Since these components are dimensioned according to the flow rate of gas to be treated and/or of regeneration gas, they are constant or increase in size when the prepurification cycle time is reduced.

Similarly, for the cooling, in addition to the “adsorbent” part, it is necessary to consider the elements to be cooled upstream and downstream.

Identically, the volumes to be depressurized and then repressurized are not proportional to the volume of adsorbent, because a non-negligible, indeed preponderant part consists of “dead” volumes located in the ends of the adsorbers and in the pipework up to the shutoff valves.

In practice, for a total regeneration time of 3 hours, 2 really effective hours are available for heating the adsorbent, dissolving the impurities and cooling.

In order to have a shorter 2 hour adsorption (and regeneration) cycle, it would be necessary to approximately double the gas flow rate required.

However, in view of the above explanations, such a flow rate is generally unavailable, because otherwise, a PSA cycle would basically be selected instead of a TSA cycle.

Moreover, the percentage of effectively useful heat decreases because the metal masses pertaining to the pipework, valves, measuring and control instruments, and the end of the adsorber, remain constant, whereas the mass of adsorbents and the impurities to be desorbed decrease with the reduction of the cycle, which is equivalent to drastically increasing the energy consumption of the overall purification method.

Another drawback resulting from the increase in the regeneration gas flow rate is the increase in pressure drops, which also increases the energy consumption, unless the diameter of the adsorber is increased, thereby increasing the thermal inertia and dead volumes, etc.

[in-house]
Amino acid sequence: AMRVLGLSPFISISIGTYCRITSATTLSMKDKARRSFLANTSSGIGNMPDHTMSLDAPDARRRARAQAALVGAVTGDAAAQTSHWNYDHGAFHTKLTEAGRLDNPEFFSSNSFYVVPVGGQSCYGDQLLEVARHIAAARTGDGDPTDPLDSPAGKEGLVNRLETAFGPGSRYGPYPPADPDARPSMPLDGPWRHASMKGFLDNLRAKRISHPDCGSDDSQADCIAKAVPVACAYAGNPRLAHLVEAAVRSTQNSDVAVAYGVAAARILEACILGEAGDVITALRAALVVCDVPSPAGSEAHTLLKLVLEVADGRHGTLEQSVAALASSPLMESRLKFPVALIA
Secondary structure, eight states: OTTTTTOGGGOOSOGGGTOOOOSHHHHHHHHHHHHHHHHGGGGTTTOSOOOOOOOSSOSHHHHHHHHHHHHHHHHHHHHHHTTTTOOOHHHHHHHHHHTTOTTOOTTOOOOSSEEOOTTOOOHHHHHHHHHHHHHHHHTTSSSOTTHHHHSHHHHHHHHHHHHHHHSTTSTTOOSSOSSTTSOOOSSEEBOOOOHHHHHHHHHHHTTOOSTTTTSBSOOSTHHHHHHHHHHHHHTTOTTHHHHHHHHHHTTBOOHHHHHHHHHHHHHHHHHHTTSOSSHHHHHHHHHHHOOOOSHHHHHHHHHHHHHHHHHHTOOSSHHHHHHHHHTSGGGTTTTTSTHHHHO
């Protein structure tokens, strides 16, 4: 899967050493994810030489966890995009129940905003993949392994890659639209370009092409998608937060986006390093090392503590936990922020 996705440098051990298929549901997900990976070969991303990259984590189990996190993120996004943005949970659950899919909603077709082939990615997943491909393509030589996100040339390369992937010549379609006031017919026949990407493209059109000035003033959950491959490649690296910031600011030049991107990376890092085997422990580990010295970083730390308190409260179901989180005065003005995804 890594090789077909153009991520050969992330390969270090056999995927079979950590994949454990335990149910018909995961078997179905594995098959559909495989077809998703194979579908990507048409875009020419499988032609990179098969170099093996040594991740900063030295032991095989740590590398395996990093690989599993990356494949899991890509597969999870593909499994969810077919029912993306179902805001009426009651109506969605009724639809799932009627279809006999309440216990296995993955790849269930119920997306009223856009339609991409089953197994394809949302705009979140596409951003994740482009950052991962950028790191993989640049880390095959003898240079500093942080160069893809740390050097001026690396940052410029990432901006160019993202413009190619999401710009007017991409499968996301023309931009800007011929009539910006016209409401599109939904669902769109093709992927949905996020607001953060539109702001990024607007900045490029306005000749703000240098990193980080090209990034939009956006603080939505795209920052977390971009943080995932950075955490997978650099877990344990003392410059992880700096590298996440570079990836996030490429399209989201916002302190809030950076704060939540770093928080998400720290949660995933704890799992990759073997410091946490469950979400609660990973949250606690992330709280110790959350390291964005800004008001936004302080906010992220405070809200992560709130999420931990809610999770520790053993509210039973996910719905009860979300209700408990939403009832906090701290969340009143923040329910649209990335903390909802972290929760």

It is clear so far that the potential improvement in TSA cycles directly or indirectly entails a decrease in the flow rate necessary for regeneration.

For this purpose, numerous methods have been proposed for effectively supplying heat to the beds of adsorbents.

Thus, document EP-A-766989 proposes to heat only a part of the beds of adsorbents through a partial PSA type operation.

Moreover, document EP-A-815920 describes the introduction of a heat pulse in the intermediate part of the adsorber.

Furthermore, document EP-A-884085 proposes a method involving internal heating of the adsorbent.

Also worth mentioning is document U.S. Pat. No. 4,312,641 which uses microwaves to provide the energy necessary for desorption; document U.S. Pat. No. 4,094,652 which recommends applying an electric current to electrodesorb the impurities retained by the adsorbent; and document US-A-2003/00337672 which claims the installation of the adsorbent in the tubes of the heat exchanger, thereby allowing for 2-hour cycles instead of a conventional 6-hour cycle.

In this context, the problem arising is to improve the known air prepurification methods so as to substantially reduce the TSA prepurification cycles, particularly the cycle time, and the volume of adsorbent(s) to be used, while preserving both a simple, inexpensive heating system, that is, using a standard electric or steam heater, and a regeneration flow rate compatible with the requisite production of pure products, that is, oxygen, nitrogen and/or argon.

The solution of the invention is accordingly a method for prepurifying air by adsorption using two adsorption receptacles operating in parallel, alternately and in a TSA cycle, each receptacle containing at least one adsorbent arranged in at least one adsorption bed, each adsorption cycle comprising at least:

a) an adsorption step during which at least part of the impurities present in the air is removed by adsorption on said adsorbent, at an adsorption temperature (Tads), the air crossing the adsorption bed centripetally,

b) a regeneration step during which the adsorbent used in step a) is regenerated by flushing with a regeneration gas at a regeneration temperature (Treg), such that Treg>Tads, the regeneration gas crossing the adsorption bed centrifugally, in order to desorb the impurities adsorbed in step a),

c) an adsorbent cooling step during which the temperature of the adsorbent regenerated in step b) is reduced,

characterized in that:

    • in step a), the adsorption time Tads is between 60 and 120 minutes,